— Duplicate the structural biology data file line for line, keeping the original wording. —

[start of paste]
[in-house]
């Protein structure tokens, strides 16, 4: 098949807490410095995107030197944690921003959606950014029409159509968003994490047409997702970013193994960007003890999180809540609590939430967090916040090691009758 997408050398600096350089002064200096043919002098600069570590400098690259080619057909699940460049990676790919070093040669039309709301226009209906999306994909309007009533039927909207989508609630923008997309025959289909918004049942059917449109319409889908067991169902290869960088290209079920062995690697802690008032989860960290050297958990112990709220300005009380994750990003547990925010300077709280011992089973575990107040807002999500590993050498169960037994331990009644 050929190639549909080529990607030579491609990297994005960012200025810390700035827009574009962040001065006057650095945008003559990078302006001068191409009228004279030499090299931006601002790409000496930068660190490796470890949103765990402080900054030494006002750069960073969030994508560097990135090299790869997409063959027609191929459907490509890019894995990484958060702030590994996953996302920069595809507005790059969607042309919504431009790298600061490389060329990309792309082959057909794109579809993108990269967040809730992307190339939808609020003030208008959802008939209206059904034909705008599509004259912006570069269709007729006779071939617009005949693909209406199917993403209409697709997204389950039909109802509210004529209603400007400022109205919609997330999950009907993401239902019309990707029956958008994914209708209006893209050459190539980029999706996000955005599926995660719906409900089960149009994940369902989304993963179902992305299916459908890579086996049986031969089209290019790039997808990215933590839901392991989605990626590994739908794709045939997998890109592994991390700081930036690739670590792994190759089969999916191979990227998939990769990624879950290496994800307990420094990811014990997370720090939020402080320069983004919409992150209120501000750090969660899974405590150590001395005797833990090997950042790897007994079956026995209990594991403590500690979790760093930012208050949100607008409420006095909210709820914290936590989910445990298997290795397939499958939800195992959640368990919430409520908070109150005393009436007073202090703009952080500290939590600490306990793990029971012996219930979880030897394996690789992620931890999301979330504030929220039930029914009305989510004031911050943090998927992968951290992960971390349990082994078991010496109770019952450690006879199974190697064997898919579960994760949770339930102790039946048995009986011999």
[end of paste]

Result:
[in-house]
């Protein structure tokens, strides 16, 4: 098949807490410095995107030197944690921003959606950014029409159509968003994490047409997702970013193994960007003890999180809540609590939430967090916040090691009758 997408050398600096350089002064200096043919002098600069570590400098690259080619057909699940460049990676790919070093040669039309709301226009209906999306994909309007009533039927909207989508609630923008997309025959289909918004049942059917449109319409889908067991169902290869960088290209079920062995690697802690008032989860960290050297958990112990709220300005009380994750990003547990925010300077709280011992089973575990107040807002999500590993050498169960037994331990009644 050929190639549909080529990607030579491609990297994005960012200025810390700035827009574009962040001065006057650095945008003559990078302006001068191409009228004279030499090299931006601002790409000496930068660190490796470890949103765990402080900054030494006002750069960073969030994508560097990135090299790869997409063959027609191929459907490509890019894995990484958060702030590994996953996302920069595809507005790059969607042309919504431009790298600061490389060329990309792309082959057909794109579809993108990269967040809730992307190339939808609020003030208008959802008939209206059904034909705008599509004259912006570069269709007729006779071939617009005949693909209406199917993403209409697709997204389950039909109802509210004529209603400007400022109205919609997330999950009907993401239902019309990707029956958008994914209708209006893209050459190539980029999706996000955005599926995660719906409900089960149009994940369902989304993963179902992305299916459908890579086996049986031969089209290019790039997808990215933590839901392991989605990626590994739908794709045939997998890109592994991390700081930036690739670590792994190759089969999916191979990227998939990769990624879950290496994800307990420094990811014990997370720090939020402080320069983004919409992150209120501000750090969660899974405590150590001395005797833990090997950042790897007994079956026995209990594991403590500690979790760093930012208050949100607008409420006095909210709820914290936590989910445990298997290795397939499958939800195992959640368990919430409520908070109150005393009436007073202090703009952080500290939590600490306990793990029971012996219930979880030897394996690789992620931890999301979330504030929220039930029914009305989510004031911050943090998927992968951290992960971390349990082994078991010496109770019952450690006879199974190697064997898919579960994760949770339930102790039946048995009986011999």